this past week i woke up one morning and the magic was gone. just like someone somewhere snapped their fingers or clapped their hands and i’m back to that place where everything makes me cry. macaroni exploded in the microwave. i cried. there was a commercial about families during the olympics. i cried. H told me he would not put on his pajamas. i cried.
i’m back to standing very still and staring into space and forgetting that i’m standing very still and staring into space until one of the kids says, “mom. you’re staring into space again.” and then i cry. because i don’t remember my mom ever staring into space. she was always doing something Useful.
i’m back to the place where V is asking me over and over if she can have nerds for breakfast and i have to listen to the question six times before i remember that nerds are candy and she probably shouldn’t have nerds for breakfast and then i say no. and then, when she isn’t looking, i cry. i cry because it takes me so long to remember things. things that i should know. i cry because it hurts to think about breakfast.
i won’t lie. it has been a very bad week. i marked it “couldn’t be worse” on my mood chart.
i tried visualizing, something a therapist a few therapists ago suggested. i think it’s supposed to help you out of a bad place. this is how it went for me. i started imagining bipolar disorder as a giant cake. a giant cake as big as a swimming pool. a chocolate cake and the frosting is fudge. and someone has written bipolar on the top of the cake in chocolate frosting. and i’m sitting on top of the cake in a lawn chair. and i have a tiny plate and a tiny fork and a little napkin with strawberries on it. and i’m sitting there and the sun is shining and there are birds chirping: i can hear cardinals and chickadees because they’re my favorite. and there is an oompa loompa on the cake with me (because all visualizations have oompa loompas in them) and he cuts me a tiny piece of the cake and puts it on my tiny plate with his tiny cake server and i eat it with my tiny fork.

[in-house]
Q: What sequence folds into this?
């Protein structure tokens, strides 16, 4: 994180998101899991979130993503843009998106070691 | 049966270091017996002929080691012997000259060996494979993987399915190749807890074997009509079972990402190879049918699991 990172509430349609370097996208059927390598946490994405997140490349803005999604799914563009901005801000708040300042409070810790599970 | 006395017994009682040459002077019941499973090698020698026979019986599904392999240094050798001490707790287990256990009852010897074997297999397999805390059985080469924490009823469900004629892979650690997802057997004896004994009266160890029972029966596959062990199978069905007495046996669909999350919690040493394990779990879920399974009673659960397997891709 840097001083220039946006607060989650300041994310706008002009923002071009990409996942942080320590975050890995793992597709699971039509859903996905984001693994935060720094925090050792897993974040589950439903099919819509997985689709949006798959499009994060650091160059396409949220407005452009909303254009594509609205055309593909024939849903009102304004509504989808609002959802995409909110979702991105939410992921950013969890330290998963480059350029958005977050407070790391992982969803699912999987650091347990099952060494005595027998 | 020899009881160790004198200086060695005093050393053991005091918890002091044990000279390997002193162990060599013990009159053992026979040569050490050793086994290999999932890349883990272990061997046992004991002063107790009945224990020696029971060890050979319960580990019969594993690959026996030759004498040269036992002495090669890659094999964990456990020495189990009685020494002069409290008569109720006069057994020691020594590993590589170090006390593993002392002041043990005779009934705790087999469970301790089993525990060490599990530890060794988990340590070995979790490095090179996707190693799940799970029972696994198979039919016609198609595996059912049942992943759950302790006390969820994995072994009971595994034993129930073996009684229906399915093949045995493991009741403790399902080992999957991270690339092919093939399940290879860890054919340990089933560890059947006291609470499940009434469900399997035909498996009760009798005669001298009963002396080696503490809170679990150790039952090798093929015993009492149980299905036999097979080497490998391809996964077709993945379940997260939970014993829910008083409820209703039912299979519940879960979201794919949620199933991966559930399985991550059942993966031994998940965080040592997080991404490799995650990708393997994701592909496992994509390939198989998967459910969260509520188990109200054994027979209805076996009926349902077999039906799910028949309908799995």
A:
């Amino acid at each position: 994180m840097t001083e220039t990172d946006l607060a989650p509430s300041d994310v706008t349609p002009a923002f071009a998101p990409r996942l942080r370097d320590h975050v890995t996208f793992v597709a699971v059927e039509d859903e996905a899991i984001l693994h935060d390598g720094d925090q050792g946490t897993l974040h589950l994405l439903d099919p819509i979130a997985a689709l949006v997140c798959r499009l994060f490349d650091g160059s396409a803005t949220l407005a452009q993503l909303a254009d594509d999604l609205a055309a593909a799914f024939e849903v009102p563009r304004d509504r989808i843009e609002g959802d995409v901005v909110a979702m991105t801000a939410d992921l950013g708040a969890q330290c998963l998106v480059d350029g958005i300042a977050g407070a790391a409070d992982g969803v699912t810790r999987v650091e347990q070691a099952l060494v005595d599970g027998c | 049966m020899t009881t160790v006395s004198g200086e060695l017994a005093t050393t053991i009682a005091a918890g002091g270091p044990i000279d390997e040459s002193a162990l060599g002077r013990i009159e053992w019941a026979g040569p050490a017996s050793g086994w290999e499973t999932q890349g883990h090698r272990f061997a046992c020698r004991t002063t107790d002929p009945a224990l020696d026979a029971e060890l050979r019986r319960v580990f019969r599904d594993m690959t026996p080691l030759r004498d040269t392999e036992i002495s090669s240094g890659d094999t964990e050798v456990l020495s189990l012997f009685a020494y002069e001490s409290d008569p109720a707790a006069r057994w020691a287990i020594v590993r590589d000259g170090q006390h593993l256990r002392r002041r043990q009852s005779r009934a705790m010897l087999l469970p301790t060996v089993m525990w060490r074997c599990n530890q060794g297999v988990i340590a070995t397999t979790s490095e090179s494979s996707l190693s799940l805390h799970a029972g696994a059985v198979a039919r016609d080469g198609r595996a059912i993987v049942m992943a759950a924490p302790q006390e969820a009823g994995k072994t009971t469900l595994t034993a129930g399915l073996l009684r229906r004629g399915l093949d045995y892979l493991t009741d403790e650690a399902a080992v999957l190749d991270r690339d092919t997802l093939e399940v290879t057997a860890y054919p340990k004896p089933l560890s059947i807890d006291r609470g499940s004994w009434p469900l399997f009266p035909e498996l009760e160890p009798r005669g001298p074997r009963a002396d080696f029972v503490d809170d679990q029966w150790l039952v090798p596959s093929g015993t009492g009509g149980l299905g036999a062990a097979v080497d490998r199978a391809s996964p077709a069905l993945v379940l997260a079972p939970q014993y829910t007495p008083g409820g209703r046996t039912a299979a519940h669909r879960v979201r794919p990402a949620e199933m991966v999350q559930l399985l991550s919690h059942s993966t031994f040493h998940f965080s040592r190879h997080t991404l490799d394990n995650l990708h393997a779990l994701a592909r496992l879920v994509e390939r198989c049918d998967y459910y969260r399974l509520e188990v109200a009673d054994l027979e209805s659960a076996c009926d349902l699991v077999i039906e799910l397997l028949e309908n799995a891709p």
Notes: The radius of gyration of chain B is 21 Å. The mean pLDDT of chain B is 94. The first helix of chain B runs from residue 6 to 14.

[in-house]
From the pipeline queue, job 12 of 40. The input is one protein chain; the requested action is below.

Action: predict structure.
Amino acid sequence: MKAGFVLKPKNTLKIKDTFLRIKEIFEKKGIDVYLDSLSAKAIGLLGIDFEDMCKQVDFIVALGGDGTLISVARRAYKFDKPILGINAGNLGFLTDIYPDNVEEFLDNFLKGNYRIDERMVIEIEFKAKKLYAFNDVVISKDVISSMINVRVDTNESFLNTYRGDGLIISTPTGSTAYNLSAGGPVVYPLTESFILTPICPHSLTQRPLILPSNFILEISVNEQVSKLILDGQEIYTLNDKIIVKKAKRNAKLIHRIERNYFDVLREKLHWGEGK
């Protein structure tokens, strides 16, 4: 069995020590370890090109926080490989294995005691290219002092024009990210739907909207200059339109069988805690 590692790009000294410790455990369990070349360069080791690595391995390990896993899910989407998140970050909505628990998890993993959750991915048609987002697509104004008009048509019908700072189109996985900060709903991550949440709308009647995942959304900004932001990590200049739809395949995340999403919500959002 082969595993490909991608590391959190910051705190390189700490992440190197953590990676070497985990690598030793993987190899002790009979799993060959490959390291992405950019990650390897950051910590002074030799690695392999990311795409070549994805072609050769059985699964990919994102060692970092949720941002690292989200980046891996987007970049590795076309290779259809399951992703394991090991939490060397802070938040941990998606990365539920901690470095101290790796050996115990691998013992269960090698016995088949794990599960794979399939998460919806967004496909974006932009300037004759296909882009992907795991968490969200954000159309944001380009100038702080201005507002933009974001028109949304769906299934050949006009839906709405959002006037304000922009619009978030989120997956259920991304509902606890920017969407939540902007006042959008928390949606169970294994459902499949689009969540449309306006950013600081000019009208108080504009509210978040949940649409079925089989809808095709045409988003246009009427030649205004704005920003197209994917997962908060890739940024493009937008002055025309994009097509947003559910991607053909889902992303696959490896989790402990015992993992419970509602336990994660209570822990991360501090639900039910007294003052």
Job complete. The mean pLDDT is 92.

i look around, satisfied, but as soon as i finish, the oompa loompa cuts another piece. and i eat it. and the whole scene repeats. and at first i’m happy to be eating the cake, because it’s cake, y’all. but then after a while i’m tired of cake. that’s when i realize that i can’t leave the lawn chair until i have eaten the entire cake. at the same time i realize if i manage to eat the entire cake, then i won’t have bipolar anymore, i will just be normal — so i keep eating these tiny cake pieces and eating and eating and eating and eating. but the whole time i’m thinking about a triple creme brie on a warm baguette or a bowl of steel cut oats with brown sugar and cream or spring rolls wrapped in lettuce and dipped in fish sauce.
that’s where my visualization ended, with me sitting on a lawn chair atop a giant cake, choking on frosting.
the thing is, i don’t think i can ever eat the whole cake. and it makes me sad inside my sadness — knowing that this sadness will always be there. it’s like sadness wrapped inside sadness inside sadness trapped in a hole of sadness.
so i’ll probably add something to my visualization. i’ll probably add as many friends as will accept the invitation to come and have a piece of cake. and maybe that way we’ll get a little closer to eating the whole thing.
if you’re reading this, you’re invited.